On appeal from Superior Court of New Jersey, Law Division, Essex County.
J. H. Coleman, Brody and Skillman. The opinion of the court was delivered by Brody, J.A.D.
[239 NJSuper Page 417] Plaintiff Norma Brizak (plaintiff) alleged in her complaint that defendant, a personal injury attorney, "negligently represented plaintiffs and failed to file a [medical malpractice] law suit against Mohammad Shafi, M.D. prior to the expiration of
the statute of limitations on November 1, 1984."*fn1 In answer to one of several special interrogatories the jury found that defendant was "negligent in his representation of plaintiff on her claim against Dr. Shafi for medical negligence." In answer to another interrogatory the jury found that defendant's negligence was "a proximate cause of plaintiff's failure to timely sue Dr. Shafi for damages." The jury awarded plaintiff damages in the amount of $35,000. Defendant appeals.
Although the parties agree that the "discovery rule" delayed accrual of plaintiff's claim against the doctor until sometime after he had last treated her, they do not agree on the date of accrual. This appeal requires us to consider whether an attorney has the duty to investigate the basis for a client's medical malpractice claim, and the scope of his duty to protect the client from the statute of limitations where the "discovery rule" applies. We must also consider whether plaintiff's claims were properly given to the jury even though she presented no expert legal testimony.
Plaintiff sustained a complete and comminuted fracture of the left humerus when she fell in her home on May 17, 1981. The indicated treatment, as described by plaintiff's medical expert Dr. Robert Tuby, calls for aligning the fractured ends of the bone and joining the fragments through open reduction surgery, and fixing them in place with a combination of pins and a plate held in place with screws. Instead of using that procedure, Dr. Shafi treated plaintiff in the emergency room of a hospital by simply placing her arm in a hanging cast. The fractured ends never united. In time it became too late medically to correct the poor result.
Dr. Shafi conceded at trial that the procedure he used was "second-best," but testified that plaintiff refused to undergo an
open reduction. However, plaintiff and two of her adult daughters, who accompanied her whenever she visited Dr. Shafi, testified that the doctor did not offer the option of an open reduction.
The jury specially found that Dr. Shafi did not "advise plaintiff, Norma Brizak, of the need to undergo surgery for her left arm." Defendant's medical witness, Dr. Albert Willner, expressed the opinion that Dr. Shafi did not deviate from accepted standards of medical care. However, he rested his opinion on the assumption, which the jury rejected, that the doctor had advised plaintiff "of the type of injury and that she did not wish to have any other treatment rendered to her except that of a cast application."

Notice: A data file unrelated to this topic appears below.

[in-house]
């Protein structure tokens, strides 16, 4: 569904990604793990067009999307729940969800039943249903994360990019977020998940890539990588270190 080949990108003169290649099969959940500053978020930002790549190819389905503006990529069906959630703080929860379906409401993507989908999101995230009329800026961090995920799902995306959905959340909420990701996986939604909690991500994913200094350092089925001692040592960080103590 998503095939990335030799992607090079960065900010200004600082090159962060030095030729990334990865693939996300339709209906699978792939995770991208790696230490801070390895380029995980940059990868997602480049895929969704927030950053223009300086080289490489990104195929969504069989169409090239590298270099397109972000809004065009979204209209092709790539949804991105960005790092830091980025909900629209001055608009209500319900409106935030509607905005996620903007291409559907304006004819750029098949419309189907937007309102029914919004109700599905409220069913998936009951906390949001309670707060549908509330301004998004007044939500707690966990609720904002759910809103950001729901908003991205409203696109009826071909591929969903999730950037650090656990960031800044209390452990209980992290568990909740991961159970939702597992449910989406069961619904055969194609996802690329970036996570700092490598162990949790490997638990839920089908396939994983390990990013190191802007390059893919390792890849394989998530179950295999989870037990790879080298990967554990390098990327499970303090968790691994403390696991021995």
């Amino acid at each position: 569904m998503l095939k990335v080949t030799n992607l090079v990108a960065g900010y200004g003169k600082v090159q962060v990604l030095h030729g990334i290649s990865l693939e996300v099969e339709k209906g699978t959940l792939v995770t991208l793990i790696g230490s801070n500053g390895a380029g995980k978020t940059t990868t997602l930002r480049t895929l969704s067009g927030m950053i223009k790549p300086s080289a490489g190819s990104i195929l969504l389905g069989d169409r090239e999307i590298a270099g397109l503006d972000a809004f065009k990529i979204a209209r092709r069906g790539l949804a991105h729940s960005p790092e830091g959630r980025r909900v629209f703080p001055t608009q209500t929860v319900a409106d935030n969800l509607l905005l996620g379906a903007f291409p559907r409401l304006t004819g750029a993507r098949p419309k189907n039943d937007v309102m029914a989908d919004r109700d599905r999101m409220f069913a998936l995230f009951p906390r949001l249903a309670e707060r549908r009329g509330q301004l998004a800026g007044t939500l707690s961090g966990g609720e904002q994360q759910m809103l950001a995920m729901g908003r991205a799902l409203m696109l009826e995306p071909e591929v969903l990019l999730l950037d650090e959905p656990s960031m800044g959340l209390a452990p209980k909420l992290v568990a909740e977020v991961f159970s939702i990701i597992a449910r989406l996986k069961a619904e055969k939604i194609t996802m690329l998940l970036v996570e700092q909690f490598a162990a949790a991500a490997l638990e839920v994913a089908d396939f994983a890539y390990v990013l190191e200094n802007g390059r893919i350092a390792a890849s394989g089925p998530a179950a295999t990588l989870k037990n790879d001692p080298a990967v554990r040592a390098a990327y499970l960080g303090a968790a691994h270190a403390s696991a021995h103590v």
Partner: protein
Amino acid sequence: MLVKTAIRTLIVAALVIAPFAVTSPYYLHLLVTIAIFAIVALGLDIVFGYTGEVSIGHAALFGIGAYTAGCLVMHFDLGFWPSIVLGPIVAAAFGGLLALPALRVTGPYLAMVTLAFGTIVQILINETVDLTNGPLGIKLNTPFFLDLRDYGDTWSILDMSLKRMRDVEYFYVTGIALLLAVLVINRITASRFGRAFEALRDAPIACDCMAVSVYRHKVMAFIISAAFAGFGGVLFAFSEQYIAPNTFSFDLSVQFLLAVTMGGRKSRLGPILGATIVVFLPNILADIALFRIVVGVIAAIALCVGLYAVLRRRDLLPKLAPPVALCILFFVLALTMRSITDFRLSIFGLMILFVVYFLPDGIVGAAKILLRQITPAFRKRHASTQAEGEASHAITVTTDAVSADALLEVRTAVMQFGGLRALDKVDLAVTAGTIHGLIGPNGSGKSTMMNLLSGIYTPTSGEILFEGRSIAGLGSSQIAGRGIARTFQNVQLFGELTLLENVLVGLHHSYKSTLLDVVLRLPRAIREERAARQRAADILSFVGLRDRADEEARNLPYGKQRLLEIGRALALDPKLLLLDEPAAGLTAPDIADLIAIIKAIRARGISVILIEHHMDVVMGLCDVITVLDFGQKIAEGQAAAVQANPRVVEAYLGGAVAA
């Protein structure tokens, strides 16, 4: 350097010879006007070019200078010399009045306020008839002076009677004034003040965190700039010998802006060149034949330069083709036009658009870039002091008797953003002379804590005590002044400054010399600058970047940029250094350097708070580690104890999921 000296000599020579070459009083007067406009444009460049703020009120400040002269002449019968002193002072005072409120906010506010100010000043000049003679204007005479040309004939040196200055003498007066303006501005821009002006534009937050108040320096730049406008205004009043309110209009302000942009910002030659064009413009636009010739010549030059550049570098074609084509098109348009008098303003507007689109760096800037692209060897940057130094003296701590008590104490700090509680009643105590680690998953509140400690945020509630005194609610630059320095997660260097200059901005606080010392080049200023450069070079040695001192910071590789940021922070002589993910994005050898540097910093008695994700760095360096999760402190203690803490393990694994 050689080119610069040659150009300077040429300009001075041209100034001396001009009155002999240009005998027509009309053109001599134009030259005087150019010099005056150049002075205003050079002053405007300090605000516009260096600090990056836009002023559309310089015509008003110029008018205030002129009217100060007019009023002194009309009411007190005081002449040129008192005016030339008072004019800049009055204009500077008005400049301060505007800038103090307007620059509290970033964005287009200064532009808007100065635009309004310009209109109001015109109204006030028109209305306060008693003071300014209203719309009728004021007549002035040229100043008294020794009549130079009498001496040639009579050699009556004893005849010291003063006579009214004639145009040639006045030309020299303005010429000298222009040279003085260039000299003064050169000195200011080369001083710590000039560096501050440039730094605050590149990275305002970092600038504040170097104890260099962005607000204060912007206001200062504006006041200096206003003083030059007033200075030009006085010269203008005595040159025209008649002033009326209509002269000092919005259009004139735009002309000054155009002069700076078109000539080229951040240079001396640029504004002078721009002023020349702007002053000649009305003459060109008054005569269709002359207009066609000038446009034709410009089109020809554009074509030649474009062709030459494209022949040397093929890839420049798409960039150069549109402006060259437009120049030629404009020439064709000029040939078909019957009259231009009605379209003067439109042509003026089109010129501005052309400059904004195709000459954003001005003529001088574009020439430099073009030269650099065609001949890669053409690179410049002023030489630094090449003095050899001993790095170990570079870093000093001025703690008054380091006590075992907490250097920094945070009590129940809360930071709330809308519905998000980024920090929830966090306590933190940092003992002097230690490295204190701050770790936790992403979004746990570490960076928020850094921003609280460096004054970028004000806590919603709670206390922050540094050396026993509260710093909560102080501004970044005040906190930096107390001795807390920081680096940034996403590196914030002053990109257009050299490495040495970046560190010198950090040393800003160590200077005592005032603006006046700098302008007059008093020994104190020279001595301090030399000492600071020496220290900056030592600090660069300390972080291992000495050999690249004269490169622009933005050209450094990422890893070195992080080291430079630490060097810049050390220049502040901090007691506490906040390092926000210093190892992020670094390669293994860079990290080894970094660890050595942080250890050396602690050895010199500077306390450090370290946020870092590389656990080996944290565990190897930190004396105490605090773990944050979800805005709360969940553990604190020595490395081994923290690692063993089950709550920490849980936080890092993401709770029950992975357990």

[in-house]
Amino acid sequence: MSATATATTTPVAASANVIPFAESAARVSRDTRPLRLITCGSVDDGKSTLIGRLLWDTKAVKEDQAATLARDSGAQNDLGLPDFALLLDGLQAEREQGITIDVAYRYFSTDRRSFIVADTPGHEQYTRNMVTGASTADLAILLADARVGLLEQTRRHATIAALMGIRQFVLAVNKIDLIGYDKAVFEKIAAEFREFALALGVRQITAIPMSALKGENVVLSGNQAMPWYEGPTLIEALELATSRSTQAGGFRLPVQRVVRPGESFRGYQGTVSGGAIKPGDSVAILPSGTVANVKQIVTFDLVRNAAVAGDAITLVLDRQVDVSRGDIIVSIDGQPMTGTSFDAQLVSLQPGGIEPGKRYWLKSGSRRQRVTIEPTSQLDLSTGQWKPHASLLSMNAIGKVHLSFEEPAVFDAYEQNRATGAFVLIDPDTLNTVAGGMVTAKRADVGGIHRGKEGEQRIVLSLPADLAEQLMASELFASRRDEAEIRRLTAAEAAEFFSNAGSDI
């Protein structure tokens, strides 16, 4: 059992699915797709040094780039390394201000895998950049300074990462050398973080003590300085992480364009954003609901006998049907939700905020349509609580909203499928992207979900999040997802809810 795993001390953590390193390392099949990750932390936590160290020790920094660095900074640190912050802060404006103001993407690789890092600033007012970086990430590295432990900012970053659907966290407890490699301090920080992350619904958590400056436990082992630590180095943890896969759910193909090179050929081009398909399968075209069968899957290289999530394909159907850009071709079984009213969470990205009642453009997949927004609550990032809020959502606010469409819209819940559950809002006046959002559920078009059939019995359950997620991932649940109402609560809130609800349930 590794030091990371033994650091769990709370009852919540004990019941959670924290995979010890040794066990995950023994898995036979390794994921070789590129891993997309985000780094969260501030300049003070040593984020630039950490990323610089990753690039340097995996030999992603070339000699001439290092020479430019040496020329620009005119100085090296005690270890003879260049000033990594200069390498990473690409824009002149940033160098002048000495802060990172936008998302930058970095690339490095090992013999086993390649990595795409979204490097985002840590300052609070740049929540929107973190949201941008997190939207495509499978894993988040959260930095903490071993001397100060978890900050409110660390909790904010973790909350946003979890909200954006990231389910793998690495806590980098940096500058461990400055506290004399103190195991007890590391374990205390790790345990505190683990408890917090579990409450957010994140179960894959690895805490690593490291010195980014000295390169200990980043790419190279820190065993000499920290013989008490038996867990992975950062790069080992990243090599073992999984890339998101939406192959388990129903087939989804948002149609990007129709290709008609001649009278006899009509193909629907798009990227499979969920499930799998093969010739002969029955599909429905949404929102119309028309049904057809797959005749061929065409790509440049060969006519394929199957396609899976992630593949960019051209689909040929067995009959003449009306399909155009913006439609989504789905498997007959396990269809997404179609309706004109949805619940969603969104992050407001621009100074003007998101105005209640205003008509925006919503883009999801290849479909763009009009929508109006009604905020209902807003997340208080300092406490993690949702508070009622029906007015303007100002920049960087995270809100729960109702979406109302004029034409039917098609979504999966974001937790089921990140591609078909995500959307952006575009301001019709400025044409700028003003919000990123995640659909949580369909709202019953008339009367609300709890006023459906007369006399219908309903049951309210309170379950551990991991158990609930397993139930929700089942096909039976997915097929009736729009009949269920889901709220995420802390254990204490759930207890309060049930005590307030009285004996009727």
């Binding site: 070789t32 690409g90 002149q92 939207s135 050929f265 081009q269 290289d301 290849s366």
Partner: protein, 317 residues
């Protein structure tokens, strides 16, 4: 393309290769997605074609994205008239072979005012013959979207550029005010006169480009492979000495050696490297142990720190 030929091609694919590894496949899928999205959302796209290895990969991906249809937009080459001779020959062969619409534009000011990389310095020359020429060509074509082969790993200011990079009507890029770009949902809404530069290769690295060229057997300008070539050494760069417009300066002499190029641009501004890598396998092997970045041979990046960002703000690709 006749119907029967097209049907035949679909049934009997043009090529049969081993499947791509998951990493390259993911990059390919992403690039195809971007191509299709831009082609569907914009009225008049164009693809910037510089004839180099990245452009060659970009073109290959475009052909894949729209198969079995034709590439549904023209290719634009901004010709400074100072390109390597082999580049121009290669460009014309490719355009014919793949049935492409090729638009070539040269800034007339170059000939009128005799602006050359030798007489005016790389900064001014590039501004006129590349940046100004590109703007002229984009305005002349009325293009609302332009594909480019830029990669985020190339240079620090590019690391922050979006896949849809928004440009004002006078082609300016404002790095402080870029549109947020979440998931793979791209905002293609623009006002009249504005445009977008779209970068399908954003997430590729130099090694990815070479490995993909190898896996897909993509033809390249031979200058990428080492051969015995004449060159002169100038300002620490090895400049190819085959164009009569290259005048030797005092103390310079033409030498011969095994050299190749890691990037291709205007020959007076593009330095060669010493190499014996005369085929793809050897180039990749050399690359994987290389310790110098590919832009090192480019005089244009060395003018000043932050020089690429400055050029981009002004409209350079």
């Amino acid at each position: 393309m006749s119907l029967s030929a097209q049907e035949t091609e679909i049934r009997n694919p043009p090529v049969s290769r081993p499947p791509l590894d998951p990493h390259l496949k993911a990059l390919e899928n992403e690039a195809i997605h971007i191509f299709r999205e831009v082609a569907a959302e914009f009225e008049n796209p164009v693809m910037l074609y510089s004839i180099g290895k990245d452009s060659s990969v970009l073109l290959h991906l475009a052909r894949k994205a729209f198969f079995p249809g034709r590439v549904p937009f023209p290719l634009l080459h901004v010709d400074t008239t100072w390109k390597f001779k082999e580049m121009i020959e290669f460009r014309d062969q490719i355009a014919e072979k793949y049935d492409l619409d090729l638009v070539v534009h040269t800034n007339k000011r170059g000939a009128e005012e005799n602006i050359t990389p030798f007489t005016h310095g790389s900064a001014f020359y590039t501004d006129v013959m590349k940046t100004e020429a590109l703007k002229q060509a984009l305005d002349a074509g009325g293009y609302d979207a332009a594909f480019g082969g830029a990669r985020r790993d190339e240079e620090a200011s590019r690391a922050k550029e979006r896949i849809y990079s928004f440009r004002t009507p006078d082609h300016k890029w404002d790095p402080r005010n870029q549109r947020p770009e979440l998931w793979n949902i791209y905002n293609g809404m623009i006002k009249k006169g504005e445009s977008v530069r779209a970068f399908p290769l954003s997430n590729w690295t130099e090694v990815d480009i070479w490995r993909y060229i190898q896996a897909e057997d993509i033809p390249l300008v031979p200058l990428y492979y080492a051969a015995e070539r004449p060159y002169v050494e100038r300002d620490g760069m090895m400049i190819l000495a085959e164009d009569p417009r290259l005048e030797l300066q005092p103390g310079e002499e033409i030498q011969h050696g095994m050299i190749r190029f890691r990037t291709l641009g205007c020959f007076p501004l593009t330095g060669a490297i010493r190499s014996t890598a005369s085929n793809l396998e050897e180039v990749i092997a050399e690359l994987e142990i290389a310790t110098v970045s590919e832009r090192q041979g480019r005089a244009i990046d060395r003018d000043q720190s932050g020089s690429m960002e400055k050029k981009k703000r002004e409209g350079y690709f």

The issue in the medical malpractice claim was therefore not whether Dr. Shafi departed from an accepted standard of medical care, but simply whether he advised plaintiff to undergo an open reduction. Until the facts were investigated, however, neither plaintiff nor defendant could have surmised that the ultimate issue would merely be credibility.
The issue in the legal malpractice claim was whether, after being engaged by plaintiff to represent her, defendant diligently investigated the facts so that he could have commenced a timely action against the doctor.
Dr. Shafi last treated plaintiff for the fractured humerus on July 10, 1981. Over a year later, on September 3, 1982, plaintiff's hip was severely fractured when she was a passenger in a one-car accident. The same Dr. Shafi set the hip through an open reduction. About two months later, defendant was at plaintiff's home to consult with her adult son, whom he was representing in a matrimonial matter. While there he first met plaintiff who was still on crutches. She told him of her automobile accident and engaged him to represent her in an action against the driver.
During that conversation with defendant, plaintiff mentioned that she was still suffering from the effects of the broken arm.
She complained that she could not raise the arm above the level of her shoulder. The date of that conversation, sometime toward the end of October 1982, forms the basis of the allegation in the complaint that the limitations period for suing the doctor expired on November 1, 1984. However, plaintiff did not sign an agreement to retain defendant respecting her claim against the doctor until December 5, 1983, about the same time that defendant reached a settlement of plaintiff's automobile accident claim.